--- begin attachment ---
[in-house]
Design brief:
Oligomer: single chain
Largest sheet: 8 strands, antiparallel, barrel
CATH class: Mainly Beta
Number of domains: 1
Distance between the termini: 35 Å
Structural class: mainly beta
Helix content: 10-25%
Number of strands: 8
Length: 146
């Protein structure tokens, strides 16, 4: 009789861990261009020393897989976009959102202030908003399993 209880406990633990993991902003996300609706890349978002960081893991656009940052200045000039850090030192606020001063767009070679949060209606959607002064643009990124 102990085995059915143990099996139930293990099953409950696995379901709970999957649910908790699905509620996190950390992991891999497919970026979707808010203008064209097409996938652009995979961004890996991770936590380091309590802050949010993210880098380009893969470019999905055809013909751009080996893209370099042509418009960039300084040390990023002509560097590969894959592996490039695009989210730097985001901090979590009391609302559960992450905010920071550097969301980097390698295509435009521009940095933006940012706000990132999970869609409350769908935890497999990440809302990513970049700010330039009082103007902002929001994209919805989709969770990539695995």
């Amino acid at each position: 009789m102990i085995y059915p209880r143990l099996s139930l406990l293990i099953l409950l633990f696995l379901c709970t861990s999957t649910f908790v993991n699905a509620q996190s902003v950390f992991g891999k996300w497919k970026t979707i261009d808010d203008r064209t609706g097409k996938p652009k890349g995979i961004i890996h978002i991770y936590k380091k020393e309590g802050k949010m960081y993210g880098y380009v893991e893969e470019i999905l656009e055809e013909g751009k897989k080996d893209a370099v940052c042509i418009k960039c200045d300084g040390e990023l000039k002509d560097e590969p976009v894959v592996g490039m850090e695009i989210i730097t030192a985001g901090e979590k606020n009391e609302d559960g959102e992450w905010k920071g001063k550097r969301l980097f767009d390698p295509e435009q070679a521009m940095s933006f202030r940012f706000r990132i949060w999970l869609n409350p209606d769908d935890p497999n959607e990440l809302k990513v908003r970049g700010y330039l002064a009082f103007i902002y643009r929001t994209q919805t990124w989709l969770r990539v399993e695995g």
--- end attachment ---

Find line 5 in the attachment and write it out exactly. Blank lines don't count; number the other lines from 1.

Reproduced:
CATH class: Mainly Beta